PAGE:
I spoke last evening by phone with a friend of mine, a business executive and small private investor in Amsterdam. He called just to check in. We always like to talk politics. He said, “You know I’m a capitalist, but I don’t understand your country at all. How can you stand to have such a huge gap between the very rich and everybody else? I think here in the Netherlands, we have too much forced equality, but you go too far in the other direction. This is something none of us get: why aren’t more of you in the streets demanding that things change?”
I gave him my opinions on that, but he still seemed mystified why we Americans settle for what we do.
In that spirit, here are some things to think about from Megan McArdle. Excerpt:
I don’t care about income inequality. I care about the absolute condition of the poor–whether they are hungry, cold, and sick. But I do not care about the gap between their incomes, and those of Warren Buffett and Bill Gates. Nor the ratio of Gates and Buffett’s incomes to mine. And I’m not sure why anyone should. Other than pure envy, it’s hard to see how I could somehow be made worse off if Bill Gates’ income suddenly doubled, but everything else remained the same.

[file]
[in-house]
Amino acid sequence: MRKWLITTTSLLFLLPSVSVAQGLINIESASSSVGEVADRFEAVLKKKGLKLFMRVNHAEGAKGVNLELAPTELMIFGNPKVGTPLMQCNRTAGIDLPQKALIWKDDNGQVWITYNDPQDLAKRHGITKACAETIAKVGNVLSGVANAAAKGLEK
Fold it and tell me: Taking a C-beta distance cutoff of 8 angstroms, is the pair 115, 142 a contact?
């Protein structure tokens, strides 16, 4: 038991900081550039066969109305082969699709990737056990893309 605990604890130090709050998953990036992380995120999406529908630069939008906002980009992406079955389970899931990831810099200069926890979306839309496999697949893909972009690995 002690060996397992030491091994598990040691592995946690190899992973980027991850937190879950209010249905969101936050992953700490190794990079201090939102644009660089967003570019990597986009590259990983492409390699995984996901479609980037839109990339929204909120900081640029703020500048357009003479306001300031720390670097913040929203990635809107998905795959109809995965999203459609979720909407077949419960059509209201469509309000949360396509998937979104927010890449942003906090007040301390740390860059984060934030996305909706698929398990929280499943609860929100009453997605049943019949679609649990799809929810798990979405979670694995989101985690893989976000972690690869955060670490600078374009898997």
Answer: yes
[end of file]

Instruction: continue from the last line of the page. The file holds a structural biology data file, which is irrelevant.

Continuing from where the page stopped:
But while I do not care about gaps and ratios, I do care about opportunity. It is fine that CEOs earn many times what their workers do–but it is not fine if some are born to be workers, and others to be CEOs. And unfortunately, that increasingly seems to be the story in America.
The old aristocracy was, I think, at least dimly aware that it wasn’t quite fair for them to have what they had by mere virtue of being born to the right parents. But in the new aristocracy, it is rarely enough to just get born to the right parents; you also have to work very hard. (Higher earning men are now more likely to work more than 50 hours a week than are men in lower earnings quintiles.) Whatever the systemic injustices, it’s also quite clear to everyone . . . even parasitic leeches of investment bankers . . . that their salaries only come as the result of frantic effort.
The ability of one’s parents to confer such enduring advantages is obviously unfair. And while I don’t want to say that a society cannot last that way–obviously, many have, for hundreds of years–I don’t think it’s healthy for society. It is hard to get civic engagement, or respect for the law, when the bottom 40% or so feels that the game is rigged.
Seems like in the America we have created, not only can’t you get ahead economically, but if you do, you probably won’t have much of a life. Is this what we want? Is this what we should want?